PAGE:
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Mon, 07 Jul 2003 03:27:12 GMT  
 threading: how to kill a (possibly blocked) thread?


Quote:
> For me, thread dispatch from an event loop is really
> the only way to go in a seriously multi-threaded system. ..

Yep. That works great, with trusted code. You know
the event responses are short, and return, so there
is no need for the threads to do anything except
respond to events in their queue. Put in a "stop"
event, and it will do what you want. The problem is:
What if you don't fully trust the code? See my post
on guarding execution time.

Russell

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Mon, 07 Jul 2003 03:31:08 GMT  
 threading: how to kill a (possibly blocked) thread?

Quote:

>> Where does set_interrupt come from?

>You didn't read my post. The second sentence after:
>"Unfortunately, I don't see such a facility in the
>library." I was describing what I want, not what is
>there. I share your disappointment.

Doh!  I'd been worrying about that particular problem for a
while and I guess I got too e{*filter*}d when I saw the first part
of the post and just plain missed that sentence.

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Mon, 07 Jul 2003 06:06:26 GMT  
 threading: how to kill a (possibly blocked) thread?

Quote:

>   set_interrupt(8, funcCallBack)

> Then, funcCallBack gets invoked every 8 seconds,
> interrupting what the thread is doing, and returning
> to the interrupted code when the function returns.
> Unfortunately, I don't see such a facility in the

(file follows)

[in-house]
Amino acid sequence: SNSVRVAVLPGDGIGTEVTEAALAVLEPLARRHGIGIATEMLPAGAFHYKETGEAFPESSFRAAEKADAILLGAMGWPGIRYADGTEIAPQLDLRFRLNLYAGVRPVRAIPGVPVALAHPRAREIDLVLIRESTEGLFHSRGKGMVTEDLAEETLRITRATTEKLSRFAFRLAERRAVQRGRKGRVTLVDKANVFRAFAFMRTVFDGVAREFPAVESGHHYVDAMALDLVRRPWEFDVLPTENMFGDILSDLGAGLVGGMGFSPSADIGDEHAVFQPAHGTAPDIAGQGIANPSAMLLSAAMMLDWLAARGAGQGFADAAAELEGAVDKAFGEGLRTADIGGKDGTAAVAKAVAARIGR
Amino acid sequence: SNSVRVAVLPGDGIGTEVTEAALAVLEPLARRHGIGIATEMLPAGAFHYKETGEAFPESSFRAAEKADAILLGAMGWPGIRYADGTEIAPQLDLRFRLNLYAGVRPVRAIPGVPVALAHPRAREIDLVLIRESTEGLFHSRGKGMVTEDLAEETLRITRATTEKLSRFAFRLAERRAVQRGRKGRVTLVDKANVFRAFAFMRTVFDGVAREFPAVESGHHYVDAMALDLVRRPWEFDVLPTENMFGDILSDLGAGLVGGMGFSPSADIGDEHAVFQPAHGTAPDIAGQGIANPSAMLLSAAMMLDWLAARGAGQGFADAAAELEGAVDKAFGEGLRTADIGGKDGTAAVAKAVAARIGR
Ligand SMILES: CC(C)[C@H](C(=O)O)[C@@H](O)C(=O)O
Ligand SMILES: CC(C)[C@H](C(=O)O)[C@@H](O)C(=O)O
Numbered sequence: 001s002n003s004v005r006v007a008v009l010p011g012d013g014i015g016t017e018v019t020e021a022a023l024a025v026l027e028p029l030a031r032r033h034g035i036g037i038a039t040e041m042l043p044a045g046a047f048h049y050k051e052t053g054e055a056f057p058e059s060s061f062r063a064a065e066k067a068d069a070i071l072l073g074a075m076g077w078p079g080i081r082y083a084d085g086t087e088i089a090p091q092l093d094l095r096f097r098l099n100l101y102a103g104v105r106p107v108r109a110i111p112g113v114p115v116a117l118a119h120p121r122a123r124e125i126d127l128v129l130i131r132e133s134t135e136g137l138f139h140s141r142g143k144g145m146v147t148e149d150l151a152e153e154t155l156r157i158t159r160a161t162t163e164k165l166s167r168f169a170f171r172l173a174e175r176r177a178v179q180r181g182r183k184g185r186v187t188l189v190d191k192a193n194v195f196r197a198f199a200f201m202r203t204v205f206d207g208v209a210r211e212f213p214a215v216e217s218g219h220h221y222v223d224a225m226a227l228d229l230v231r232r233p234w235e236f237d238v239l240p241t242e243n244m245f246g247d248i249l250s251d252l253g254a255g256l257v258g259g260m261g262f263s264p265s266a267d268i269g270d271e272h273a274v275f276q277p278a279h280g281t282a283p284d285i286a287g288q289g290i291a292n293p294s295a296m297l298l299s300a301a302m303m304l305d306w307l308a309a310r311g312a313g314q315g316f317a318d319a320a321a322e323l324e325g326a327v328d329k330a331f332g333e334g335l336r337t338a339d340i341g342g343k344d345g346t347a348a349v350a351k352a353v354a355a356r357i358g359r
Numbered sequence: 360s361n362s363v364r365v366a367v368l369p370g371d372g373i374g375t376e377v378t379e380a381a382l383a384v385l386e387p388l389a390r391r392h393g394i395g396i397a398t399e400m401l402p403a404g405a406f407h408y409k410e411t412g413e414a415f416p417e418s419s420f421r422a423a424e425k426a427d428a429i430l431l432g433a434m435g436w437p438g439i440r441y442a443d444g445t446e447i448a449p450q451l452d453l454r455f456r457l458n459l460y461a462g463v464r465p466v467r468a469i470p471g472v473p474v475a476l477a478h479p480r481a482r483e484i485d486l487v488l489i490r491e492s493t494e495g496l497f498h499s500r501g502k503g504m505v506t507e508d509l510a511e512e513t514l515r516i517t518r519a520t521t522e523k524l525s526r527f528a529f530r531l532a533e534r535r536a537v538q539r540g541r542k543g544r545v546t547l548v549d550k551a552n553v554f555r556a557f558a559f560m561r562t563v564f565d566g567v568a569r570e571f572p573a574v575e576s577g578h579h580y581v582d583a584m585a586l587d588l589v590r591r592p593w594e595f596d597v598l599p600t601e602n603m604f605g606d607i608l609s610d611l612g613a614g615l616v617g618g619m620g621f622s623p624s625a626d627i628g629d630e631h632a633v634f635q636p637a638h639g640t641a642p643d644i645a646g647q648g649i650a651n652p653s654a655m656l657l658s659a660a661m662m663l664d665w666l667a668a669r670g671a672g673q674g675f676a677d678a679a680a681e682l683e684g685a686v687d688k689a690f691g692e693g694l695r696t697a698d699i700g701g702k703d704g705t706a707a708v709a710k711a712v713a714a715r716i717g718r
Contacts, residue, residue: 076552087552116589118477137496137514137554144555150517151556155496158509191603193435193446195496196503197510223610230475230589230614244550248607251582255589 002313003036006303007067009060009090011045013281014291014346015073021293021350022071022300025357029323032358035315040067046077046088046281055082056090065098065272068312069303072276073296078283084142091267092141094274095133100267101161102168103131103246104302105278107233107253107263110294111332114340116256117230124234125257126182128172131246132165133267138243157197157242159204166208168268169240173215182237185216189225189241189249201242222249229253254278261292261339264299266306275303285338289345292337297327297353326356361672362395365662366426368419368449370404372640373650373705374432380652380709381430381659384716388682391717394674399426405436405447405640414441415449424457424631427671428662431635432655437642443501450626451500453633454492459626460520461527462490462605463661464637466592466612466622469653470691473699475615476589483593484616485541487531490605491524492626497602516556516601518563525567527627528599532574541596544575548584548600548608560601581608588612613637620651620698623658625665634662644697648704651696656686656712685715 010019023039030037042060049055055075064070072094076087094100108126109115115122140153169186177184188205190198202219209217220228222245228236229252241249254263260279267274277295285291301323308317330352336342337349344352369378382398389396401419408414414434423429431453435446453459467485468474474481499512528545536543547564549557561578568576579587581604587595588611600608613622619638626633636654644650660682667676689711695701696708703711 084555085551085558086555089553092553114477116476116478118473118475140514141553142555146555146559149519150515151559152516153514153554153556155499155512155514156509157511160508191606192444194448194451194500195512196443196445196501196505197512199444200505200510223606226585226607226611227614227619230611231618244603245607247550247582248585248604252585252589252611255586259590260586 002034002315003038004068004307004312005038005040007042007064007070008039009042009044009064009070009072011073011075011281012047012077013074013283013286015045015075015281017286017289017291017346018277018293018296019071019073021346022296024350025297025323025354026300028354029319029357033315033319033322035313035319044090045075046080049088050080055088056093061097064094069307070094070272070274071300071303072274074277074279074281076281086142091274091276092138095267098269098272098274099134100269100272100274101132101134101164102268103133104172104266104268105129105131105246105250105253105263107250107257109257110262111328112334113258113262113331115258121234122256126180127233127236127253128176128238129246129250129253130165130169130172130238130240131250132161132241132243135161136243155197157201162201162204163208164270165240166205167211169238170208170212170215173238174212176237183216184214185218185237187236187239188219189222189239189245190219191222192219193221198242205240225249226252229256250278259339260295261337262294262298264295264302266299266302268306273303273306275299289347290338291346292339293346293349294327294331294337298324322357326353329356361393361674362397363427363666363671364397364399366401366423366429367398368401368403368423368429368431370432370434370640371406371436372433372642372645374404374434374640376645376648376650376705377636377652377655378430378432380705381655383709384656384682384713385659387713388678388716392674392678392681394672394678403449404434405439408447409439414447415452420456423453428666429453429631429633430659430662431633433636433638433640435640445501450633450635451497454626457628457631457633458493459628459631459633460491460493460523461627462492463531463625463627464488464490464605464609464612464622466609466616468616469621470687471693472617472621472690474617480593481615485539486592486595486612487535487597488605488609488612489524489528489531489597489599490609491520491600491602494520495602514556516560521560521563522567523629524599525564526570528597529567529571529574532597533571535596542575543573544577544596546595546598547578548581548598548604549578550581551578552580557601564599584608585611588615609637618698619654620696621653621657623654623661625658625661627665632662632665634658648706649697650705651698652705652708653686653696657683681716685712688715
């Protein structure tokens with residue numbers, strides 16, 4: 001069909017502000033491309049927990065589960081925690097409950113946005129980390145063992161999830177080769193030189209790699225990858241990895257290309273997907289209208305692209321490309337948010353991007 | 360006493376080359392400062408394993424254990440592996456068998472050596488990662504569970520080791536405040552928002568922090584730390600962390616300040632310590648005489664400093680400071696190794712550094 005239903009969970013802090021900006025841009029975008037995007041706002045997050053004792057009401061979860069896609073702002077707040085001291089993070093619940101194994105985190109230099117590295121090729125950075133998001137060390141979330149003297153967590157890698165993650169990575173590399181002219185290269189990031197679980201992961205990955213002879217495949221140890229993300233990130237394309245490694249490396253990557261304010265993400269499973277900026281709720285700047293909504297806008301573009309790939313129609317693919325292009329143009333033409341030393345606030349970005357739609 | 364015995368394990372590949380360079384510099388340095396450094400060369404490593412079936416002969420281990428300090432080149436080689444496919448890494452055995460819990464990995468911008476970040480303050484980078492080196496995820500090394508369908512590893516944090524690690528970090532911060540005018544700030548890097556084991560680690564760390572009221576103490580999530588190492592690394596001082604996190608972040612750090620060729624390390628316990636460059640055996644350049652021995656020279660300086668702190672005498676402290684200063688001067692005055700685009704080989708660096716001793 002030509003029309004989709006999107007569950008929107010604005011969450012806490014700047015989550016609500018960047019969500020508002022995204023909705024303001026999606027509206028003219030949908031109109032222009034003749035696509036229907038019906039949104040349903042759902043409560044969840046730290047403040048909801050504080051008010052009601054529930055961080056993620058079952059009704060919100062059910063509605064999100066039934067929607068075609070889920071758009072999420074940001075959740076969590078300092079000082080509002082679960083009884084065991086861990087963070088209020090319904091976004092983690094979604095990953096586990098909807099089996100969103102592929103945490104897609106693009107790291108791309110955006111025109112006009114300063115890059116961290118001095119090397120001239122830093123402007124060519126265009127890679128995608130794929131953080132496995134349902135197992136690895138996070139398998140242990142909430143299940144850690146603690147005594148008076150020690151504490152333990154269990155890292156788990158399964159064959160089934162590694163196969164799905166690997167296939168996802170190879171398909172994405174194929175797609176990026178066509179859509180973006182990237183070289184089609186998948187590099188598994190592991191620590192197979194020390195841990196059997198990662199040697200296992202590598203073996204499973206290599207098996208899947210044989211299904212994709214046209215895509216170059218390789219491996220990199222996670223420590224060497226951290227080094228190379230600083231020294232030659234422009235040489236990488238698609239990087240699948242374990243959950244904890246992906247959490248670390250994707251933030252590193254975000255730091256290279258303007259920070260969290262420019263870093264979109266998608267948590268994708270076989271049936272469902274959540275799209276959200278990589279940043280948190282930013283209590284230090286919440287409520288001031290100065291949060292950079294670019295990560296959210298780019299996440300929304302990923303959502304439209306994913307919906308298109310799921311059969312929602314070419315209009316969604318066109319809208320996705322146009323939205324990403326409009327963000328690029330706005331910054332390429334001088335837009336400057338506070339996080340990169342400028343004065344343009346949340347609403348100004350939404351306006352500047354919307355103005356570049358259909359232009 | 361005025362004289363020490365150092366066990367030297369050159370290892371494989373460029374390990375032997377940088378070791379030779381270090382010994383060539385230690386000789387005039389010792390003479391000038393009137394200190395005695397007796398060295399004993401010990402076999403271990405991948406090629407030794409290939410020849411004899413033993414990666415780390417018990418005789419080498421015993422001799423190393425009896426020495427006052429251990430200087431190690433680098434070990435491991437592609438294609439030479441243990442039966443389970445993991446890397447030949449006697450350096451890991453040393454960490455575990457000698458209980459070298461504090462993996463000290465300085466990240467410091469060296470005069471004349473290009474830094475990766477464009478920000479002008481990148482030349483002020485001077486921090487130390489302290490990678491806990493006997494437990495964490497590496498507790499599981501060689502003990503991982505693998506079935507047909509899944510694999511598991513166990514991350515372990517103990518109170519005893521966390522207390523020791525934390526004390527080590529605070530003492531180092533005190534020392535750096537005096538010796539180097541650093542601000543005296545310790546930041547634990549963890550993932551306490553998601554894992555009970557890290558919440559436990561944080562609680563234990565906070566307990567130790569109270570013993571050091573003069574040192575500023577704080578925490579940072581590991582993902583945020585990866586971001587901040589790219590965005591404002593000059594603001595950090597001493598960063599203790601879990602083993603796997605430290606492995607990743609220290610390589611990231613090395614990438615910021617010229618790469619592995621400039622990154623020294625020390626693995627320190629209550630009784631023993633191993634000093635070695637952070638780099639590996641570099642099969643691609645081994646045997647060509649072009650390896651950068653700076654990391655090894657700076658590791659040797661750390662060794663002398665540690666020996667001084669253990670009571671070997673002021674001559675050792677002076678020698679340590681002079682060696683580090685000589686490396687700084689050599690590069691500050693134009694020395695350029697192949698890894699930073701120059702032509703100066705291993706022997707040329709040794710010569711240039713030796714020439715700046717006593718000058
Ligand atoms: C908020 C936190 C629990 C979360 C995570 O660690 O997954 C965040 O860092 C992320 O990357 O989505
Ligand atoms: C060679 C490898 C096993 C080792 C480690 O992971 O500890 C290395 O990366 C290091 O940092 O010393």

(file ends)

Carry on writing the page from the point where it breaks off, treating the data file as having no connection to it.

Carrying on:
> library.

The issue is most likely that there's nothing I'm aware of in that
vein that is at all portable - also the ability to interrupt a pending
activity can be problematic.  Under Unix for example, not all I/O
calls are interruptable and they also don't all restart nicely even if
you may have SA_RESTART on the signal in question.  Then there's the
whole delivery of signals/interrupts to other than the main thread
problem on many systems.

I don't disagree with the sentiment, and have found myself wishing I
could just block in an operation in a thread more than once - just
trying to explain why it likely isn't in Python itself, nor likely to
be in the near future.

But with that said, I've got plenty of multi-threaded code that does
just fine with the "don't ever really block indefinitely" model, in
terms of addressing the original poster's question.

Quote:
> > .. The main thread code should then check the event
> > object periodically and exit nicely if it is set.

> Except for certain kinds of processing, such as FSMs,
> this gets REAL ugly REAL fast. It also fails to protect
> against the very things for which you want a guard,
> i.e., external events that never occur.

I'd need a specific example, but I'd think an FSM would be ideal for
this model, since by its nature you have some primary loop which is
making the state automaton decisions, and thus you should have a key
opportunity to deduce that it's time to exit.  And if you're just
sitting in a state without anything to do, well spend the time blocked
on some event that can be woken up should an exit request come in.

I'm not sure I follow the last sentence because I'm referring to
coding so that you never block indefinitely, but instead use whatever
mechanisms may be available to wait for the event you want but in some
timed manner so you get the occasion to check for an exit every once
in a while.  And that's specifically to guard against the external
event never occurring.

Typically the most troubling can be I/O operations that don't support
any way to timeout or monitor the status without blocking.  Often,
I've found that this is because the portable approach is more limited
than the native approach, which can be discouraging since most other
aspects of Python threading are so clean and portable.

--
-- David
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Mon, 07 Jul 2003 13:18:03 GMT  
 
 [ 9 post ]